People are too afraid of the ecological crisis. Even domestic housecats are killing off the rare songbirds that migrate up to the U.S. -- north from C. Am and S. Am -- some 250 species -- but tell that to a cat owner and they just deny it's real. haha. Oh kitty wouldn't do that -- I even linked the new Kittycam video research -- a third of the cat kills are never brought home.

posted on Sep, 6 2012 @ 04:41 PM
reply to post by hoochymama

Makes sense to me that the organic food is not any healthier. How could one possibly hope to study that over time? Do some sort of cohort study and see who gets cancer 30 years from now and see if the numbers organic vs non organically grown are appreciably different.

posted on Sep, 6 2012 @ 04:47 PM
reply to post by spencer2000

With respect - Food grown naturally as opposed to say GMO has no comparison.
Common sense tells me that food grown naturally in soil that is looked after in a natural way is far superior to Food that has been genetically modified and grown in a cocktail of chemicals added to the soil.

It has already been shown that this is a fraudulent report

edit on 6-9-2012 by artistpoet because: (no reason given)

edit on 6-9-2012 by artistpoet because: (no reason given)

edit on 6-9-2012 by artistpoet because: typos typos everywhere

posted on Sep, 6 2012 @ 04:50 PM
reply to post by fulllotusqigong

Thanks for the info yet again

posted on Sep, 6 2012 @ 06:48 PM
reply to post by artistpoet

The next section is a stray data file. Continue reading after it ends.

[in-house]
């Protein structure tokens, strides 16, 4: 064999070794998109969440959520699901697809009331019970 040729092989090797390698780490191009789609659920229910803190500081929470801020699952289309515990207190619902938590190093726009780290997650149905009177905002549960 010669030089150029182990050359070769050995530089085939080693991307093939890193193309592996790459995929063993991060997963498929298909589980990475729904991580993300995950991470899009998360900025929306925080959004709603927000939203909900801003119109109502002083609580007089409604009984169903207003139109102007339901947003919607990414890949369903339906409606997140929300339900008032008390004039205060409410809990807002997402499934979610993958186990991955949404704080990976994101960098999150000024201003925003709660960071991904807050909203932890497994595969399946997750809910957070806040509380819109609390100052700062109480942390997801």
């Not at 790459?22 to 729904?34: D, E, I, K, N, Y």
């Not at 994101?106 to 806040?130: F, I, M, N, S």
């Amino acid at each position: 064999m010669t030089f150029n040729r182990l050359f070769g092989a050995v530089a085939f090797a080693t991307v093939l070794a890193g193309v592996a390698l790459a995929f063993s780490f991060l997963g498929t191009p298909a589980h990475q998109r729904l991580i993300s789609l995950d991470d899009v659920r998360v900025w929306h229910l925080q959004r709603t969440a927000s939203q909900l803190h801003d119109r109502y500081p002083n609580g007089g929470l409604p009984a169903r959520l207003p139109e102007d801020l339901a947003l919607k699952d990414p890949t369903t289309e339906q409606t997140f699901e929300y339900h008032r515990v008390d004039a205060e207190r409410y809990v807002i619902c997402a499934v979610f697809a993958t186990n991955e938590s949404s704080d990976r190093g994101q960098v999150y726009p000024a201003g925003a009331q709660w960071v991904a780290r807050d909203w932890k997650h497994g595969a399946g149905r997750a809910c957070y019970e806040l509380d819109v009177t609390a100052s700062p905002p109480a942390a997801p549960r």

Right -- also the plant itself will take in most of any pollution residues in compost in contrast to the actual vegetable that is harvested. This is not to say that using Toxic Sludge is good as compost -- far more common and a real hazard is the mixing of industrial sewage with humanure and this is sold as "organic" fertilizer. Obviously this is wrong but it is very common. It's not even compost as it is just sewer sludge. Composting is a thermofilic aerobic bacteria process that sanitizes the manure and then recycles it.

So any residues from humanure would be taken up by the plant but not in any significant level on the actual harvest - there's been studies on this I looked into after an organic farmer claimed that heavy metal poisoning in human waste would contaminate the food. Nope. Humanure mixed with industrial sludge is a big no-no but is far more commonly used for farming then actual humanure composting known as Ecosan or "ecological sanitation."